Currently, accumulating evidence indicates that the interaction of the tumor stroma, a key component of the TME, with cancer cells might facilitate the process of tumor progression [25]. In our study, the stromal compartment consistently demonstrated higher macrophage counts than the epithelium. We also found that increased macrophage counts in the epithelium were directly correlated with malignant transformation in cervical cancer and that this correlation was particularly pronounced for CD163+ macrophages. Therefore, we presume that tumor cells in the TME secrete various types of cytokines to promote the migration of monocytes to the tumor tissue and that macrophages infiltrating the nests can directly interact with the tumor cells. Moreover, this finding highlights the crucial role of CD163+ macrophages. As opposed to CD68+ macrophage infiltration, a high level of CD163+ macrophage infiltration was more strongly associated with malignant transformation in cervical cancer.

Interestingly, regarding the patient clinicopathological data, a high CD163+ macrophage count was significantly associated with advanced FIGO stage and lymph node metastasis. A potential mechanism to explain the clinical relevance of these findings is that, upon activation by tumors, macrophages adopt a phenotype associated with poor antigen-presenting capability, suppression of T cell proliferation, increased angiogenesis, and increasing tissue remodeling capability. Together, these effects facilitate tumor cell invasion and metastasis [26]. Because advanced disease stage and lymph node metastasis is the major cause for cervical cancer-related deaths, we considered that CD163+ macrophages have a clinical significance as a prognostic indicator in patients with cervical cancer. An association between the number of CD68+ macrophages and lymph node metastases was identified by Ding and Dongju et al. [27, 28]. Other groups, in accordance with our observation, have not been able to reproduce these results [29]. Our study (in which lesions IHC data were compared with clinicopathological data) reported a positive association between infiltrating CD163+ macrophages and cervical carcinogenesis and carcinoma progression; this finding will be valuable to further research investigating the significance of TAMs in cervical cancer.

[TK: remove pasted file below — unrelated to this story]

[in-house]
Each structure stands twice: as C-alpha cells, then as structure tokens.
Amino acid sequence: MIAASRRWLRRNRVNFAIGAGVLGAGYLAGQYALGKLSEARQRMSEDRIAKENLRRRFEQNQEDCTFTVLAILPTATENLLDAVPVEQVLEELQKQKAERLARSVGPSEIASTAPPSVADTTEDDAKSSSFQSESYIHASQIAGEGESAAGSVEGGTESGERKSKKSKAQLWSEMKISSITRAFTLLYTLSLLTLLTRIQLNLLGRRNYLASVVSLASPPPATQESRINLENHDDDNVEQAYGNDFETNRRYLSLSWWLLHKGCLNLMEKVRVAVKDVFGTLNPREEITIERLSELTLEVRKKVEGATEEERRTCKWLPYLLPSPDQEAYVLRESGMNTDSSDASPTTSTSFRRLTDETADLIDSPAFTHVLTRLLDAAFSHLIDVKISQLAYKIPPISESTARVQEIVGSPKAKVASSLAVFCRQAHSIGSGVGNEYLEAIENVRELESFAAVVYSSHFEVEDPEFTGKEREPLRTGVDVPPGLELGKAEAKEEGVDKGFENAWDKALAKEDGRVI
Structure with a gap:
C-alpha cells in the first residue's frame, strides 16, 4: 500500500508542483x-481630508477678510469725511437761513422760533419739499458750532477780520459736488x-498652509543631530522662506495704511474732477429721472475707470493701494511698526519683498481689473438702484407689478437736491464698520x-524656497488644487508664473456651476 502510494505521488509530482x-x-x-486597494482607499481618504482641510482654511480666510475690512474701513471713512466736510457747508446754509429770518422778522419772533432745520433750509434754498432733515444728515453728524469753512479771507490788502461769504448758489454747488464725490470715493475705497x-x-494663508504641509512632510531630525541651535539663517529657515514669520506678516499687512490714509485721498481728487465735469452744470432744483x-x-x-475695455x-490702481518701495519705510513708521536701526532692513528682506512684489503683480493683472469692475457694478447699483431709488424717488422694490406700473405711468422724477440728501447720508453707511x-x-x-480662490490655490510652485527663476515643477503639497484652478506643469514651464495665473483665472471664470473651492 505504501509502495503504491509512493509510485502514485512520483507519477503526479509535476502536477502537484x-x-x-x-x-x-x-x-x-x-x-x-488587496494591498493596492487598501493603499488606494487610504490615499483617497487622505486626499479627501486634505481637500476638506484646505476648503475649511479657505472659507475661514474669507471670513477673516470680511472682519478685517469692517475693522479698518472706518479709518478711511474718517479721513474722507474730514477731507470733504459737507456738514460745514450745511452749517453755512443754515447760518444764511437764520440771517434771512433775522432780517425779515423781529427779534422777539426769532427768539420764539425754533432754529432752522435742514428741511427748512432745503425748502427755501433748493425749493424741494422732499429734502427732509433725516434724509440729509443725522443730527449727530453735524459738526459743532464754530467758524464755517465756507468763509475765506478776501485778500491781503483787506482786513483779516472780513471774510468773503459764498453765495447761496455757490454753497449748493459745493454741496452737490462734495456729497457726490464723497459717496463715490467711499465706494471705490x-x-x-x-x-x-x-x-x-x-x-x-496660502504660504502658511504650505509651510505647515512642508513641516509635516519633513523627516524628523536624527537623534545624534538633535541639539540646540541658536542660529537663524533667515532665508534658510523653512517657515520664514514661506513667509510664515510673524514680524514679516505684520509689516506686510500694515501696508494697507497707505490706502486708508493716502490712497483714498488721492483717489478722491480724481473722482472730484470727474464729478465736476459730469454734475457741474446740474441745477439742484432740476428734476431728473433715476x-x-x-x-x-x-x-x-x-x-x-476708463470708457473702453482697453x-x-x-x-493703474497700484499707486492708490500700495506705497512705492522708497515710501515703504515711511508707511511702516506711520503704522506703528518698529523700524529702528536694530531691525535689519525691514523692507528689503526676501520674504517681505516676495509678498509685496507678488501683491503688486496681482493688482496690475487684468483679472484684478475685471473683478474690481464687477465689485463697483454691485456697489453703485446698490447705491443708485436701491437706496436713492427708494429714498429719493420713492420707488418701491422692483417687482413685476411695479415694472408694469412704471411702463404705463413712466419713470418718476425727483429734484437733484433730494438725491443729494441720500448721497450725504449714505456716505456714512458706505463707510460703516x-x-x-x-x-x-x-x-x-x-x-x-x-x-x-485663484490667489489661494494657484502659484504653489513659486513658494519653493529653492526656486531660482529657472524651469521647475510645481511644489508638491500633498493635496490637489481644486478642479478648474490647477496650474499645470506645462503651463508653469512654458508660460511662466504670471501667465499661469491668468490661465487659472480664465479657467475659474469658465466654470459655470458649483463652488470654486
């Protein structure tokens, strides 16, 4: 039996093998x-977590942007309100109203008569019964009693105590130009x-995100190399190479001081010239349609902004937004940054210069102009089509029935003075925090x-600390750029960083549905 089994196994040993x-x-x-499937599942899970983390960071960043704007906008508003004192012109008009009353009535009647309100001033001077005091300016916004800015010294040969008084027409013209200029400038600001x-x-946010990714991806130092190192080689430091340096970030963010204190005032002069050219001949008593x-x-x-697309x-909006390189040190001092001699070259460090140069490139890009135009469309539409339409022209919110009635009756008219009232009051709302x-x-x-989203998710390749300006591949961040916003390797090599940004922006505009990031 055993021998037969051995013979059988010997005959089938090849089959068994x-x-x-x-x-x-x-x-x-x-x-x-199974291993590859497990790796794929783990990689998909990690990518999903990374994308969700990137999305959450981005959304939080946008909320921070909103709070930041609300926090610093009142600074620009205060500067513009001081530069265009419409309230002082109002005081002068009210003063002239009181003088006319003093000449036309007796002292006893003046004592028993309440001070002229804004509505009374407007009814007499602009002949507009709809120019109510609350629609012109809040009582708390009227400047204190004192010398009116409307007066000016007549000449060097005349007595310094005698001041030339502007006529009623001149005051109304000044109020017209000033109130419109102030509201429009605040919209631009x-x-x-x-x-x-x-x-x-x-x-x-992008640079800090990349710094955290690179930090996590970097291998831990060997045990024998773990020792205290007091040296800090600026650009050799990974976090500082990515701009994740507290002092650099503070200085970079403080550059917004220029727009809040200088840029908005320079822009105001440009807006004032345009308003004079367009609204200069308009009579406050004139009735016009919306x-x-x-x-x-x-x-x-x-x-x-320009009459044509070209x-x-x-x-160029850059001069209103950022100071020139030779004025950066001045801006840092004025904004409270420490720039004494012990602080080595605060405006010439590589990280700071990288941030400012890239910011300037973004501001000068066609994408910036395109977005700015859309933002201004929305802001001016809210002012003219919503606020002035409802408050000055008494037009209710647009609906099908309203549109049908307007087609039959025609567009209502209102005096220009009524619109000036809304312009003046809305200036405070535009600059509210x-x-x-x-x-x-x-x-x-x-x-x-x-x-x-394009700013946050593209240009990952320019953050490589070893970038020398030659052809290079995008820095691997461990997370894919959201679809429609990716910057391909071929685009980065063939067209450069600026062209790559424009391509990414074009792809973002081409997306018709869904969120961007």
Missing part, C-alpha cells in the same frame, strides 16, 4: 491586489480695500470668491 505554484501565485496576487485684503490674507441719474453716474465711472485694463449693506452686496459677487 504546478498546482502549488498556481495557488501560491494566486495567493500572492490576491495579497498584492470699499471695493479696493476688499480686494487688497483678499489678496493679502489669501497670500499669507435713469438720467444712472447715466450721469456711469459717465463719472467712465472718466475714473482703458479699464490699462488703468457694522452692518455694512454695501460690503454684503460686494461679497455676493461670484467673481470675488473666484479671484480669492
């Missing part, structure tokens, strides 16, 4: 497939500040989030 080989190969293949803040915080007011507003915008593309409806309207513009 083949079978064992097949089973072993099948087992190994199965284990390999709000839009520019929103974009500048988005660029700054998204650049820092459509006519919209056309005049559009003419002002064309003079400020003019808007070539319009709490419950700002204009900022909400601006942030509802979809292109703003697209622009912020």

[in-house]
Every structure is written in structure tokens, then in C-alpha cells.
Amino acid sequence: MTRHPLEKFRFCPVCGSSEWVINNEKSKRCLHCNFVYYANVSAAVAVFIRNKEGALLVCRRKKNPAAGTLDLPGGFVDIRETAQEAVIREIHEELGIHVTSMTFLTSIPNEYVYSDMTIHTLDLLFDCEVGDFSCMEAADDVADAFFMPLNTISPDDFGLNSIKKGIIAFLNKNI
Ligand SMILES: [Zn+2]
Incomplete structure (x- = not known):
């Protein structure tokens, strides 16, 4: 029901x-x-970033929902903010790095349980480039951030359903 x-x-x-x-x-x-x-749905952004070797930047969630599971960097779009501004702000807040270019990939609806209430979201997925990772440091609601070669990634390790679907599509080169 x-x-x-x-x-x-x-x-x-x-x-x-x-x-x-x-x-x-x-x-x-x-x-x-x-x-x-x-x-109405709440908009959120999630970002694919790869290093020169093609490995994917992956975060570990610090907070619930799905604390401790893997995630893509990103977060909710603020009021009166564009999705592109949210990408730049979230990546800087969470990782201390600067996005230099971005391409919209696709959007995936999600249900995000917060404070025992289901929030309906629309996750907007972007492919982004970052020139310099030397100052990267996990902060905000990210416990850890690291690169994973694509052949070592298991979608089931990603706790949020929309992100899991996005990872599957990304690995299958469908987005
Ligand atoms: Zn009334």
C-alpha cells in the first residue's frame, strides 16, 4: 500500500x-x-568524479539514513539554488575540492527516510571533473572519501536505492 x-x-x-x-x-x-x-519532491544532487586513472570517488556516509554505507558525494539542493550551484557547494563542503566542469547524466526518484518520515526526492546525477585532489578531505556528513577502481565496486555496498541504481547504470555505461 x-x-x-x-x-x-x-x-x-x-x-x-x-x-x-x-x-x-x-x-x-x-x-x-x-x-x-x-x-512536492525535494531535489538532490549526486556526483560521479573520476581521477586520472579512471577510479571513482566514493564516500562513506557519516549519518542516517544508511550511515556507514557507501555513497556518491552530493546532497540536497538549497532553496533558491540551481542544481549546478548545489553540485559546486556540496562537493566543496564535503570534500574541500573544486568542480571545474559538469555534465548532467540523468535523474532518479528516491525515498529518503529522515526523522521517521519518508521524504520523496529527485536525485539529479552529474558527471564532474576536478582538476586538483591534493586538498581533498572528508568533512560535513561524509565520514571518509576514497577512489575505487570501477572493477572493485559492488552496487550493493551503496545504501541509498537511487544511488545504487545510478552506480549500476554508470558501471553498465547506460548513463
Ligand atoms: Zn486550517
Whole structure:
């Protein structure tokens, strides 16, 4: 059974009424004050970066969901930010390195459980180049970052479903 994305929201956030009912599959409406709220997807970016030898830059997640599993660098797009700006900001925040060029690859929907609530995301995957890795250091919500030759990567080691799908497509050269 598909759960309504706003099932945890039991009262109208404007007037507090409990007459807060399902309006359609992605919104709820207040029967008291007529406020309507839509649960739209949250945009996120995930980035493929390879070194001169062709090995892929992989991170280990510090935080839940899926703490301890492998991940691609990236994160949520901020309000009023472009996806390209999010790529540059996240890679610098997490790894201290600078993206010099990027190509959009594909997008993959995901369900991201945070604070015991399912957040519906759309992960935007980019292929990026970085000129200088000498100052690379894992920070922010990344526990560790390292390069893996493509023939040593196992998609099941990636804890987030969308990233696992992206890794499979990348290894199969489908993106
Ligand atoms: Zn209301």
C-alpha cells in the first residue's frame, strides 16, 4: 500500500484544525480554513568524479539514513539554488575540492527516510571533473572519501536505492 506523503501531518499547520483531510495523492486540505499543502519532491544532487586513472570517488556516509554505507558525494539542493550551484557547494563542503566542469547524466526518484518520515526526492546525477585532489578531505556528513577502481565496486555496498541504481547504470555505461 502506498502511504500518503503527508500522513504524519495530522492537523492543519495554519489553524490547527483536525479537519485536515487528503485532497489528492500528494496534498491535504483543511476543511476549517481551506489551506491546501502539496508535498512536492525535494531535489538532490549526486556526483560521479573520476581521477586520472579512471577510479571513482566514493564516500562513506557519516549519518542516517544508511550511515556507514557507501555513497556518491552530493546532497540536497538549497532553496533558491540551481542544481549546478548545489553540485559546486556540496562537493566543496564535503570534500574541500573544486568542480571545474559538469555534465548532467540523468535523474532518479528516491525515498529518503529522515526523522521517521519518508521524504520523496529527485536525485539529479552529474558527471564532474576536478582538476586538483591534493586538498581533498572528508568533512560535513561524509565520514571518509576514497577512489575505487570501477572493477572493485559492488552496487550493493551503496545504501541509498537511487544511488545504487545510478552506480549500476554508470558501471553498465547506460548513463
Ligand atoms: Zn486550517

There is an increasing body of evidence suggesting that increased TAMs infiltration in human tumors is associated with a poor prognosis [9-11, 18-20]. Interestingly, some researchers argued that the level of CD163+ macrophages is a better prognostic indicator than CD68 [30-32]. However, there are few reports on the role of CD163+ and CD68+ macrophages in cervical carcinoma, and data regarding their prognostic relevance are limited and disputable. Carus et al. studied 101 FIGO stage IB and IIA cervical cancer patients and found that the peritumoral CD163+ macrophage count was significantly associated with reduced recurrence-free survival (RFS) [33]. In HPV-related cervical cancer, the intraepithelial infiltration with high numbers of M1 macrophages is an independent prognostic factor for a favorable survival [34]. Nedergaard et al. reported that no significant association between CD68+ macrophages and tumor recurrence [35]. The current study demonstrates that the capability of macrophage counts, as assessed by IHC, to predict the prognosis of cervical cancer patients needs to be further explored.

In conclusion, our study clearly demonstrates a positive association between the expression of either CD68+ or CD163+ macrophages and cervical carcinogenesis. The number of macrophage increase linearly with the infection of hr-HPV. The level of CD163+ macrophages exhibited a stronger correlation with the advanced FIGO stage and lymph node metastasis of cervical cancer than CD68+ macrophages. Additionally, CD163 exhibited cleaner background immunostaining than CD68. These results suggest that TAMs might offer a novel approach for cervical cancer treatment, and in upcoming trials, CD163+ macrophages should be investigated as a potential marker of disease progression. However, because of our limited sample size, we were unable to evaluate the prognostic capability of CD163+ and CD68+ macrophages in cervical cancer. Additional studies with larger sample sizes and prospective cases are required to verify the significance of macrophage infiltration as a prognostic marker in cervical carcinoma. Furthermore, our study should promote further exploration on the mechanism by which HPV and TAMs cooperate in the tumor microenvironment and how this cooperation influences cervical carcinogenesis and metastasis.


This work was supported by the National Science Foundation of China (No. 81372781; 81072132; 81572546; 81672589); the Natural Science Foundation of Shanghai Municipality (No.15ZR1433300); and the Science and Technology Program of Shenzhen (No. JCYJ20160429161218745).

Competing Interests

The authors have declared that no competing interest exists.


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Author contact

Corresponding address Corresponding authors: Wei Wang, E-mail: smugowwangcom, Tel: 86-20-83062652; Li Liang, E-mail: llicom, Tel: 86-20-61648223

Received 2017-6-13
Accepted 2017-8-16
Published 2017-10-17